水面光伏电站新浪潮

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你需要知道怎样在水面上安装太阳能电池阵列 位于美国的“水面光伏”太阳能电站是浮在水面上的,这种新的光伏安装趋势正席卷全球。 在水体附近的大型电力电站的客户,如水处理设施,可以通过使…

你需要知道怎样在水面上安装太阳能电池阵列
位于美国的“水面光伏”太阳能电站是浮在水面上的,这种新的光伏安装趋势正席卷全球。
在水体附近的大型电力电站的客户,如水处理设施,可以通过使用相邻的浮动装置安装太阳能发电节省数十万美元,每年。由于对水体没有得到充分利用租赁付款可能比土地租金较低,相对于其他能源的浮动安装可能会更具竞争力。此外,水体的业主可以通过租赁水面给太阳能开发商或公用事业公司,获得适当受益。

目前,水面光伏项目在许多国家,如新加坡和日本,具有充足的水源上漂浮阵列项目,也有少数安装在美国,但在竞争激烈的全球,市场的领导者是日本。作为一个岛国,没有一个很大的空间来构建陆上阵列。相反,继美国的领先优势,日本开始漂浮的太阳能电池阵列城市附近。
水基太阳能电池阵列的优点是它们可以在几乎任何水体,池塘,湖泊,运河和水库存在。随着世界人口变得越来越大,土地越来越稀少,水面光伏正在变成一个可行的方案。在这里,你必须在安装水面光伏系统之前,需要考虑三件事情。


确定水的构成
首先明确水面光伏电站是漂浮在河流或湖泊的中间,这就是为什么需要特性的浮动的支架。它必须有足够的力量支撑面板,但具有足够的灵活性来处理可高达3.28尺的波浪,同时要保持阵列免受伤害。目前领先的水面光伏支架提供商是法国一家公司(英文“天与地”),它提供了全球绝大多数的支架。国内有山峰新能源可提供水面专业支架。

浮动的太阳能电池板必须保持至少距离水面3英尺以上,同时不应该与高盐度水接触。甚至在水中具有低的盐含量(不超过15个实际盐度单元(PSU)),水可降解支架和组件的组分,从而导致发电量降低。
同时确保配线及电缆被隔离,绝缘防止被淋湿也是必不可少的。至少需要距离水面1.6 英尺。

 

挑选完美的组件
当涉及到与水接触的阵列,并非所有的面板都是一样的。如果他们没有专为防水,你会发现自己陷入困境。
安装在浮动阵列的所有模块应该有适当的防护等级(IP)等级的连接器和接线盒。 IP等级有助于产品耐归类到水侵入超越作为模糊的说法“防水”。大多数太阳能模块都有一个IP等级,可以保护他们免受“泼水”(IP64)一路淹没在3.28英尺的水30分钟(IP67)。 REC太阳能模块的IP67防护等级。美国国家电气制造商协会定义了NEMA标准编号250 NEMA外壳类型。
板在这些环境中的关键部件是密封剂。许多面板厂商不关注他们的密封剂,因为他们不打算做水性的安装。但是,对于海洋的阵列项目经理必须调查这是封装板有什么它的IP等级是。没有什么能够破坏声誉比以前降低投资者收回投资的阵列更快。

 
把鸟拒之门外
鸟只需要两样东西生存:水和食物来源。当浮动电站出现后,这意味着你会经常发现水鸟在附近筑巢,成群包围。而且如果鸟粪落足够多在阵列上,它可以减少电力生产。
防止污染的最简单方法是保持鸟远离阵列,可以采取脉冲捕网,尖针或脉冲的形式,提供一个小电击(没有足够的伤害他们,就足以使它不舒服) 。最好是使用尖针或网,虽然网更好,因为尖峰不得不放弃阴影阵列上,并降低功率输出。
当然,如果鸟在阵列里筑巢,就变成一个操作和维护的问题。你需要让人们或机器进到阵列,以保持面板的清洁。目前还没有最好的做法。
最后,如​​果你注意这三个准则,你可以安装一个成功的“水面光伏项目。这对于美国的太阳能产业是一个崭新的增长前沿。

原文:

What you need to know to create a solar array on the water.

A new trend in photovoltaic arrays sweeping the world and slowly finding a home in select regions of the United States is “floatovoltaics”—a solar array that floats on water.

Heavy power users near bodies of water, like water treatment facilities, could save hundreds of thousands of dollars per year by using electricity generated by an adjacent floating solar installation. Since lease payments for underutilized bodies of water are likely to be lower than land lease payments, a floating installation could be even more competitive compared to other energy sources. Additionally, owners of bodies of water could benefit from modest revenue streams by leasing their water surface to solar developers or to utilities.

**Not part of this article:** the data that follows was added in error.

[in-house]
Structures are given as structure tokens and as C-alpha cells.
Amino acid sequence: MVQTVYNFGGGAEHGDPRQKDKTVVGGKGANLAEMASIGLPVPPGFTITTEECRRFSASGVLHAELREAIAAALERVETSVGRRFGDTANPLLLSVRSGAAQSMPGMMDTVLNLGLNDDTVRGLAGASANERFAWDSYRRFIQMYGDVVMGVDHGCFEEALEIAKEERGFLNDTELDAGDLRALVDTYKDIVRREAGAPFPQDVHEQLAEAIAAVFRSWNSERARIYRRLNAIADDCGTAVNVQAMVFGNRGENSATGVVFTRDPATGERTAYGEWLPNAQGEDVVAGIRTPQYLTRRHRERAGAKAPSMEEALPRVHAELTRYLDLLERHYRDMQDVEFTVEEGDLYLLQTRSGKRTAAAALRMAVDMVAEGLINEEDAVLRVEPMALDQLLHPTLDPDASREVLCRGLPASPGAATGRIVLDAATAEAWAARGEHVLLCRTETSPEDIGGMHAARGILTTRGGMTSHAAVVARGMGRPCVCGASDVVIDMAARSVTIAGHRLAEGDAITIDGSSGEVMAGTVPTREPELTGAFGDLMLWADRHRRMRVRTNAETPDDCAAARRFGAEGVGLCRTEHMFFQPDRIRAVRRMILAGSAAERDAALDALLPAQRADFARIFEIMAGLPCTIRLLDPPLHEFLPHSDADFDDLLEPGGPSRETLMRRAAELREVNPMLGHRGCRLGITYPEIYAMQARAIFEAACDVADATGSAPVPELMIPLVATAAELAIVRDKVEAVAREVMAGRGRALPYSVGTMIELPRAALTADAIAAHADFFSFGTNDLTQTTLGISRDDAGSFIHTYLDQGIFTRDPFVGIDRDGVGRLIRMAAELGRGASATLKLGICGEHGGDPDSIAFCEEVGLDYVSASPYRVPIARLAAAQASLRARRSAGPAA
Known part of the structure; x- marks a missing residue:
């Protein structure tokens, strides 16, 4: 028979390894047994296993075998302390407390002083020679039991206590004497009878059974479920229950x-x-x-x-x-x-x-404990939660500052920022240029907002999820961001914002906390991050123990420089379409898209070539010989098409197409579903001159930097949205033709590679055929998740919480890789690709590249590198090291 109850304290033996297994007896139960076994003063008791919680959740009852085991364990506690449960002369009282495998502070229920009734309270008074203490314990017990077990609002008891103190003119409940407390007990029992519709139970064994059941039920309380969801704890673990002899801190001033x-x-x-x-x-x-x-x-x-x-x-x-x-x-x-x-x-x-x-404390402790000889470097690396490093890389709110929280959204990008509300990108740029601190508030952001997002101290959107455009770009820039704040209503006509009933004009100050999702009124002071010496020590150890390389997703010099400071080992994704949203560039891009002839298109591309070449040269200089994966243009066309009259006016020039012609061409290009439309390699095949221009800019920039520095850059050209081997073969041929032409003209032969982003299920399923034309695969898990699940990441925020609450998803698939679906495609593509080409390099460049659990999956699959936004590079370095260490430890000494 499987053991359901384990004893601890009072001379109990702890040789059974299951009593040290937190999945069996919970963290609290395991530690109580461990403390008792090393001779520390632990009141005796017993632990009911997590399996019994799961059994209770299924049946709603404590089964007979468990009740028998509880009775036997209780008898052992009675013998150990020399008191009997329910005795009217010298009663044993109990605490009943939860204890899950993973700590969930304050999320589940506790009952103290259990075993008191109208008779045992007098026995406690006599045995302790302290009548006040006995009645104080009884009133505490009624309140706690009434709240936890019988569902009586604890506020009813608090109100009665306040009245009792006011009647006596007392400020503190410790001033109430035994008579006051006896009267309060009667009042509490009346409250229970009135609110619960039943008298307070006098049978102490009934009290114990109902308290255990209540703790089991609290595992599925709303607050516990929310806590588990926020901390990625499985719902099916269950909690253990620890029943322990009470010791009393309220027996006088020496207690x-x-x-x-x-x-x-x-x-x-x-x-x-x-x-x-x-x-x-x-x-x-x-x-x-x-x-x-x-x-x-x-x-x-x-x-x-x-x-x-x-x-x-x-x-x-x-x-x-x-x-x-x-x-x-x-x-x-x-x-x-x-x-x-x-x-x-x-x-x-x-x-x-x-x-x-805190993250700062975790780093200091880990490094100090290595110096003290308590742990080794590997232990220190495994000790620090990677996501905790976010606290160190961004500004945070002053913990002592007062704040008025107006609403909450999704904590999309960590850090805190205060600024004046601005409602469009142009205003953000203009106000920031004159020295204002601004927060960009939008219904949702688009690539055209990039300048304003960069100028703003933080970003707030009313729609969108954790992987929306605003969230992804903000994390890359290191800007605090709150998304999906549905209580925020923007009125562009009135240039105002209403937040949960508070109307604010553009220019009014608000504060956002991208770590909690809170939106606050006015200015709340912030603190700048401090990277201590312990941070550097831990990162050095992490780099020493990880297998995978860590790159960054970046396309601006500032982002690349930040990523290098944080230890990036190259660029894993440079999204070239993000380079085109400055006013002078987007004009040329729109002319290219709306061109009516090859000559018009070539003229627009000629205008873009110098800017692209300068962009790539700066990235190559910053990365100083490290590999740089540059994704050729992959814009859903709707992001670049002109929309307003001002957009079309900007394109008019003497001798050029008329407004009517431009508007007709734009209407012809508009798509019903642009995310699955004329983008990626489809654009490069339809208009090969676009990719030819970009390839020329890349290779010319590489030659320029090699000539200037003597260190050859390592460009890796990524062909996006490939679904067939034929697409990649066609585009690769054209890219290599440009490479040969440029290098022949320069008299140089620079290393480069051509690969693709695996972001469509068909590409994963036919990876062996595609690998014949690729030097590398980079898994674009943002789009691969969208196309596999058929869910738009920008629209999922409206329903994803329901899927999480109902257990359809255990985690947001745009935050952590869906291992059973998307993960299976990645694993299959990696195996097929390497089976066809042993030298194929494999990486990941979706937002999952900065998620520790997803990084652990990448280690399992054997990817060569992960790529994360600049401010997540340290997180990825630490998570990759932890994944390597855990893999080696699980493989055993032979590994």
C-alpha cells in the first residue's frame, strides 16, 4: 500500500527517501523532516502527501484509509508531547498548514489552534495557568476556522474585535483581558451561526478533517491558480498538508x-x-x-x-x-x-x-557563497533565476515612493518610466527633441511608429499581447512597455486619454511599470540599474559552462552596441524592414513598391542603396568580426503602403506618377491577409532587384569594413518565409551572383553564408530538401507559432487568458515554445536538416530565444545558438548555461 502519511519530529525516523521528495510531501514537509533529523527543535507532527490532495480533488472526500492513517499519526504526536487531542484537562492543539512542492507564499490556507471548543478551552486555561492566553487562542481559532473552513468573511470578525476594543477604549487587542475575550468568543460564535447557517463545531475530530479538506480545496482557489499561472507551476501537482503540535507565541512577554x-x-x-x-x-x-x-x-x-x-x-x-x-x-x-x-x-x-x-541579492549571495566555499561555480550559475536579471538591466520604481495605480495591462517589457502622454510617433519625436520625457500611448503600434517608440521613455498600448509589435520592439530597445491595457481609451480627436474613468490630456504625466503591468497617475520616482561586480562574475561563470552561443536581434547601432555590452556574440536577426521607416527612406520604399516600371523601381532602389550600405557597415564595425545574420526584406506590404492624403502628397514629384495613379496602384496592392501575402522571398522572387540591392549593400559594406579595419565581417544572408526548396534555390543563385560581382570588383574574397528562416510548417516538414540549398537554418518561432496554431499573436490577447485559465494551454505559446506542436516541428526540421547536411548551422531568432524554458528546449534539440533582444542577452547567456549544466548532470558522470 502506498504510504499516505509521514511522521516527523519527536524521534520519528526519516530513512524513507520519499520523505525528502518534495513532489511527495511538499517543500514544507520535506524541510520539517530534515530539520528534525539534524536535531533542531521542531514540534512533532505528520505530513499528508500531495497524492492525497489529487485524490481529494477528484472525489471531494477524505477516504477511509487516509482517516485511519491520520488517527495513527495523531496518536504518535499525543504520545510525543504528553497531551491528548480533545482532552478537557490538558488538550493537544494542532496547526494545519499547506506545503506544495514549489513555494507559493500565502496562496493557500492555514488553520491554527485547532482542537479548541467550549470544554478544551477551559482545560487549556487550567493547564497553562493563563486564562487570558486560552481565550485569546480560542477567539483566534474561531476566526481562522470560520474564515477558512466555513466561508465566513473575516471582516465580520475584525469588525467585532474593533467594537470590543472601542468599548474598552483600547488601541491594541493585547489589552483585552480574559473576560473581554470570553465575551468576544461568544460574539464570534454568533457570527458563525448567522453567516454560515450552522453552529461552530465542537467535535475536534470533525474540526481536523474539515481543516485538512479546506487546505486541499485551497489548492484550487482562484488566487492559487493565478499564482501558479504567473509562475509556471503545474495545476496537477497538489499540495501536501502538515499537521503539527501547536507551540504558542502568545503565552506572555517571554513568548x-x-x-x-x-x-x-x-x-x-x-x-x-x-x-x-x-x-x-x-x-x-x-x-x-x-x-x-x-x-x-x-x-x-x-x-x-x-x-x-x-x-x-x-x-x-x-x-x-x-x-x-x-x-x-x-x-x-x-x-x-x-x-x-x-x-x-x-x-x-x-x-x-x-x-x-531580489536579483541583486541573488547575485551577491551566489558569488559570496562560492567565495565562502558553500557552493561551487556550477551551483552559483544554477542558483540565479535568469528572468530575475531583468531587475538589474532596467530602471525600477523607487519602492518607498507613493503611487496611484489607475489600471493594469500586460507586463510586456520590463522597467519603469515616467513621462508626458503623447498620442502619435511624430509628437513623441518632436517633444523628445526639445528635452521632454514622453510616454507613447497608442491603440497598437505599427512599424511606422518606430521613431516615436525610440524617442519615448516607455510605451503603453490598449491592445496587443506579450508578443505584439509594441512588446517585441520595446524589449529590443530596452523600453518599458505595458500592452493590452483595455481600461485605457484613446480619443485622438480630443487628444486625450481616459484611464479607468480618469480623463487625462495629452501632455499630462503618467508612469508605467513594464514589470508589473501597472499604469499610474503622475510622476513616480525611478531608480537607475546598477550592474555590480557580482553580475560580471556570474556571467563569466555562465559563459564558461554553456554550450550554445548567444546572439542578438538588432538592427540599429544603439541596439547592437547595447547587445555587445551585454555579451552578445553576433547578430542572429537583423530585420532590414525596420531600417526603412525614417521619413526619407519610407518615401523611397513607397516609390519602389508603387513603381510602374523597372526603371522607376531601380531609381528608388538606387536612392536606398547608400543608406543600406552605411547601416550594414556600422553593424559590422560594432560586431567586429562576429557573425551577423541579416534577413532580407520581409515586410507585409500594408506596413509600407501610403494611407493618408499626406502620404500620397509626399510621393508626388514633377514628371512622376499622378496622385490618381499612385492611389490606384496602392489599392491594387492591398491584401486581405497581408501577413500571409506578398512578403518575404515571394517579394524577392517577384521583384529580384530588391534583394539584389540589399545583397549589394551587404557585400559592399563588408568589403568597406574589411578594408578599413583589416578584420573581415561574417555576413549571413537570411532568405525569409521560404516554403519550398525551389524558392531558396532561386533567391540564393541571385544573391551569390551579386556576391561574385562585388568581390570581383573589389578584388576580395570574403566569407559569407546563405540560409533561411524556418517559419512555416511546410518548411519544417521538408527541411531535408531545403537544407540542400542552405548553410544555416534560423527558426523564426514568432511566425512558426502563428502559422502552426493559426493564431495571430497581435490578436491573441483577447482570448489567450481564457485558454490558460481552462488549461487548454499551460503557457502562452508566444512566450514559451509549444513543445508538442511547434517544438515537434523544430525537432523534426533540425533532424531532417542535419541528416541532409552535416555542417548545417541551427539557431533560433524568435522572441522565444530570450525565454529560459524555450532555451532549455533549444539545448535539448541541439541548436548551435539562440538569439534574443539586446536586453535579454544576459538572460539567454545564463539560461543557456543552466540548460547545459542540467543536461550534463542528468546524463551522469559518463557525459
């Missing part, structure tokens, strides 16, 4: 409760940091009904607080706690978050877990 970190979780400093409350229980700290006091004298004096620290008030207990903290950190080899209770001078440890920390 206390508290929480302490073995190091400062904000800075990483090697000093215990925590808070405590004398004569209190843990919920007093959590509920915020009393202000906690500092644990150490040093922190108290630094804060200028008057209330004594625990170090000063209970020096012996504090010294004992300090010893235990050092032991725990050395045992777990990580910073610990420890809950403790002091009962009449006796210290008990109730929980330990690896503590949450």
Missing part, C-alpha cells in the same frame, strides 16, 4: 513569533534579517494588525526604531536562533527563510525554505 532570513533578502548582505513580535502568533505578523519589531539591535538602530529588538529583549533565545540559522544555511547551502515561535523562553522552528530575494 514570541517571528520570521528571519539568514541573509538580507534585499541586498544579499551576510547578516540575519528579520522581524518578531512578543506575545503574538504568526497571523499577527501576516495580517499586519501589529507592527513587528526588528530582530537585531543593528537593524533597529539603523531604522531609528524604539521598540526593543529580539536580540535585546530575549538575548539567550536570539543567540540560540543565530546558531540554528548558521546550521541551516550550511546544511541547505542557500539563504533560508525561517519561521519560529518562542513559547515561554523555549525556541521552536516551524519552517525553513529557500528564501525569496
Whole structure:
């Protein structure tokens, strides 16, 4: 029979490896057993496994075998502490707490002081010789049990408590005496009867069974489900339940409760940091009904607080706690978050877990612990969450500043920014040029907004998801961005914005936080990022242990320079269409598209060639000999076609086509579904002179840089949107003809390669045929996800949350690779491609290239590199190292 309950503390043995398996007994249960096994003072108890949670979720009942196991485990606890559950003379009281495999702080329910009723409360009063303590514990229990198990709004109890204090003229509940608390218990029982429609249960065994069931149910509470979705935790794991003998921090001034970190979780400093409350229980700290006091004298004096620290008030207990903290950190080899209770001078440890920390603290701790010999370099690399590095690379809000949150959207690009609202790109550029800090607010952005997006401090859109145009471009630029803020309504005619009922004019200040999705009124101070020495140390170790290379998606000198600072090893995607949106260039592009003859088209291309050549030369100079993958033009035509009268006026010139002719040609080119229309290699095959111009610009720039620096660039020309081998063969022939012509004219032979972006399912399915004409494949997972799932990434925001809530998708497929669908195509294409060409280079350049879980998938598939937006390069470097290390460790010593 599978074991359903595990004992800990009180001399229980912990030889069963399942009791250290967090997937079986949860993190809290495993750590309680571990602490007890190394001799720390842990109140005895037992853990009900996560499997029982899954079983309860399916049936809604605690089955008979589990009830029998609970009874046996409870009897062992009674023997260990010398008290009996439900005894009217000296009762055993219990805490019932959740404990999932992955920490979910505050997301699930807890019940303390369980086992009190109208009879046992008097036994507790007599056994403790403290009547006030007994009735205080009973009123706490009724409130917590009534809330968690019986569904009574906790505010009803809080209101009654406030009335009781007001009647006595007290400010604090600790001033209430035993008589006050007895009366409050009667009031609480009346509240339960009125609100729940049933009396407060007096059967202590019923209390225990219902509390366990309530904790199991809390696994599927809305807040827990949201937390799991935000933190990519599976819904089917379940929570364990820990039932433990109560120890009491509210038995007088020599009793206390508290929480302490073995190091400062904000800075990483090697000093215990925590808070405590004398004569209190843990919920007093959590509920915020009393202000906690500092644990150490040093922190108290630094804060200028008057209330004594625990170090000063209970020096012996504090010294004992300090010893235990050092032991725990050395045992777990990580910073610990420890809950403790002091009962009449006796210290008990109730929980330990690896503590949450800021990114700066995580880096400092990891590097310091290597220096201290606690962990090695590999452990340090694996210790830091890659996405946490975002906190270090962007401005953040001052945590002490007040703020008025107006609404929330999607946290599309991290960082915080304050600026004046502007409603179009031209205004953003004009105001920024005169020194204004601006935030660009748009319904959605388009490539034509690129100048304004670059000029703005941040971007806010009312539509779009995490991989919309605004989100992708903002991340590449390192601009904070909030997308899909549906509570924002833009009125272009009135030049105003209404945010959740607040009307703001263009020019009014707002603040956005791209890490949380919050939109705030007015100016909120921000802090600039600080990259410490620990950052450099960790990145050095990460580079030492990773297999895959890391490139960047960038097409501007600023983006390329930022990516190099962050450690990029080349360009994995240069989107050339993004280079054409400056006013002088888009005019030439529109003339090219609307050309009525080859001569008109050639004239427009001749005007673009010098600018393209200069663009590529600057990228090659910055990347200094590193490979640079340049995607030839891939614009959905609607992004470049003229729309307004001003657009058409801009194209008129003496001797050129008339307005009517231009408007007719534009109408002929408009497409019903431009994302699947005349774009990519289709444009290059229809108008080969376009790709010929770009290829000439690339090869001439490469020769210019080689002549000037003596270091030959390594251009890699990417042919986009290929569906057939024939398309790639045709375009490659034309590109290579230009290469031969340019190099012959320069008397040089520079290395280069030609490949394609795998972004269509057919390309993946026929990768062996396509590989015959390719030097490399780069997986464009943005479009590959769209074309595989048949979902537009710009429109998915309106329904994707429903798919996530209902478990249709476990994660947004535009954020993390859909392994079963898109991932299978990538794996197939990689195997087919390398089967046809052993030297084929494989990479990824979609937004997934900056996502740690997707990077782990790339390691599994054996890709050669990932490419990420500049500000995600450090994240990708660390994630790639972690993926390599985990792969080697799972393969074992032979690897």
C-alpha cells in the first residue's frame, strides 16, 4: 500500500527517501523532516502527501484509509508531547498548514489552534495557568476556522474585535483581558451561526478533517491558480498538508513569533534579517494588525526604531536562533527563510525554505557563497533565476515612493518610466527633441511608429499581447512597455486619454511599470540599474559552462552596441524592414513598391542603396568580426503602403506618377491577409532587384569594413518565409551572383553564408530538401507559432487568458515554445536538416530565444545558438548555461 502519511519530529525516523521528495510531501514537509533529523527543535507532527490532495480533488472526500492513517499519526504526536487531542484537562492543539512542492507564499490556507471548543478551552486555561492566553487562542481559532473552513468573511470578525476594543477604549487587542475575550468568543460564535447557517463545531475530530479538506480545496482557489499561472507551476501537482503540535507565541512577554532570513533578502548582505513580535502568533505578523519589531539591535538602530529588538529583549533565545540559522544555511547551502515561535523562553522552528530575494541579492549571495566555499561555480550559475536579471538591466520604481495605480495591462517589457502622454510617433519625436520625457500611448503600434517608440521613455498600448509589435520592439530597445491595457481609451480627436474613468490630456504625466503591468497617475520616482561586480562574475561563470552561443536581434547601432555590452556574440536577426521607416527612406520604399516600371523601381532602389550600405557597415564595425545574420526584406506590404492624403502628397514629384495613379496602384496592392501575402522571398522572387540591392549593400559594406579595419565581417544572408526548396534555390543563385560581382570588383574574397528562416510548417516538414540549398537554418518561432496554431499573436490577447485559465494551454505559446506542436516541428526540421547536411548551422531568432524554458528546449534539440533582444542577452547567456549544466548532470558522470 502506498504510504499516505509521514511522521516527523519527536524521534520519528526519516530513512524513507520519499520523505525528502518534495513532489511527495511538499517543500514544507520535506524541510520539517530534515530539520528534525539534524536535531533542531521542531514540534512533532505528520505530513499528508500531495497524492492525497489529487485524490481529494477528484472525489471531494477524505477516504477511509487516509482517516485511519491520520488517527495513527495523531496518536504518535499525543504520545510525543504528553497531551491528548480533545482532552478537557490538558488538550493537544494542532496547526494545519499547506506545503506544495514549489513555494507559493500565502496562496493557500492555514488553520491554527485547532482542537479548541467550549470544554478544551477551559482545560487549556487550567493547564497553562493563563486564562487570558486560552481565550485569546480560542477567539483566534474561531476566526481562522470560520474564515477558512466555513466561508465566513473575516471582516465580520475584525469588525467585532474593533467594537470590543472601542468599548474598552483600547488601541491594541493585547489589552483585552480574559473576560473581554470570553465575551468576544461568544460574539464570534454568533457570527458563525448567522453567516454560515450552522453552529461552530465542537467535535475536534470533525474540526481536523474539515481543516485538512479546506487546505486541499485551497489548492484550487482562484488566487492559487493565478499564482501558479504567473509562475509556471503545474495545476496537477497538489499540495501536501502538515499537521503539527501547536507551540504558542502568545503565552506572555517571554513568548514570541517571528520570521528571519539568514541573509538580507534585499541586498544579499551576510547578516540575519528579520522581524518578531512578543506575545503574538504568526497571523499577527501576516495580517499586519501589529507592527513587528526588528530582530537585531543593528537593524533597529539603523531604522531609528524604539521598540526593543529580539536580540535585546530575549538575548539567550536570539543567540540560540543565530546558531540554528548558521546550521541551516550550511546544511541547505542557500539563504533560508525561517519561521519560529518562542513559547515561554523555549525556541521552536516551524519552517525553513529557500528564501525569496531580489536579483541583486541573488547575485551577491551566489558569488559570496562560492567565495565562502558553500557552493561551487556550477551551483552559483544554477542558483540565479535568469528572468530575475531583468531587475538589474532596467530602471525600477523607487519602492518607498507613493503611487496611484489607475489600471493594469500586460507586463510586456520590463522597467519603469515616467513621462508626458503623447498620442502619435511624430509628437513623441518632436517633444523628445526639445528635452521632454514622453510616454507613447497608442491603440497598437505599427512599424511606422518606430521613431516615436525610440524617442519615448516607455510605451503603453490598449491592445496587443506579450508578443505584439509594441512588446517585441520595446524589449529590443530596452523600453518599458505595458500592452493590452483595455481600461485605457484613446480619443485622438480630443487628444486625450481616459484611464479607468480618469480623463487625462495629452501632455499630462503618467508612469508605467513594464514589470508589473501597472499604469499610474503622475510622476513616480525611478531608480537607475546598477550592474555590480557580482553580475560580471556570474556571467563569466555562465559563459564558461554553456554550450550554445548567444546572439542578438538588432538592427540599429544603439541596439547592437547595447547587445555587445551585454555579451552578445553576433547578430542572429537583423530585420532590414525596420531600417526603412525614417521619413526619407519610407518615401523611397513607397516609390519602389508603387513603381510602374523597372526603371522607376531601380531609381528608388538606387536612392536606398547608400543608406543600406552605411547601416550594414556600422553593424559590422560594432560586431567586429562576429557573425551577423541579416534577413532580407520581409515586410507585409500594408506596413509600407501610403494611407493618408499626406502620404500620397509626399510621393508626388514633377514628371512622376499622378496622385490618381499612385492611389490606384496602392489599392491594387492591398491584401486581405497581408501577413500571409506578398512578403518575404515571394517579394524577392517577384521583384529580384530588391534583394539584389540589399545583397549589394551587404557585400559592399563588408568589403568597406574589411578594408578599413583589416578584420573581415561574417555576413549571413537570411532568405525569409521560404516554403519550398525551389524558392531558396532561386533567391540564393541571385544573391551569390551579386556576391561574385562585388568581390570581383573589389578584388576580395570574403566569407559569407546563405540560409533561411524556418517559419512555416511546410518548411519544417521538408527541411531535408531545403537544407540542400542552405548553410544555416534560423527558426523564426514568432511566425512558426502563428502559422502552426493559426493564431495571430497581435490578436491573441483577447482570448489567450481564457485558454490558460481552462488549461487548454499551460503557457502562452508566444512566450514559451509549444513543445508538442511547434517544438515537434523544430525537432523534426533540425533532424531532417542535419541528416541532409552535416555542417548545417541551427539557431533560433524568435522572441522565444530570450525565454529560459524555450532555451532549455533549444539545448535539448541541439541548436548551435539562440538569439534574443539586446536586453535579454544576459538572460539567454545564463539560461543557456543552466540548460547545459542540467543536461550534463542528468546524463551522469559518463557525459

Currently, floatovoltaic projects are popular in countries like Singapore and Japan, which have ample water resources on which to float arrays, but the market is growing worldwide.

There are a handful of installations in the United States now, but the clear leader in the market is Japan. As an island (and a smallish one at that), there’s not a lot of room to build land-based arrays. Instead, following the United States’ lead, the Japanese started floating solar arrays near cities.

The beauty of water-based solar arrays is they can exist in almost any water body—ponds, lakes, canals and reservoirs. As the world population becomes ever larger and land becomes scarcer, floatovoltaics are turning into a viable option.That’s why it takes the right equipment—from panels to wiring to platform to aftercare—to ensure the array produces as intended. Here are three things you must consider before installing a floatovoltaic system.

Keep components above water
It might be counterintuitive to think of an electricity-generating plant floating in the middle of a river or lake. After all, if you stand in a puddle and touch an open circuit, you won’t live long.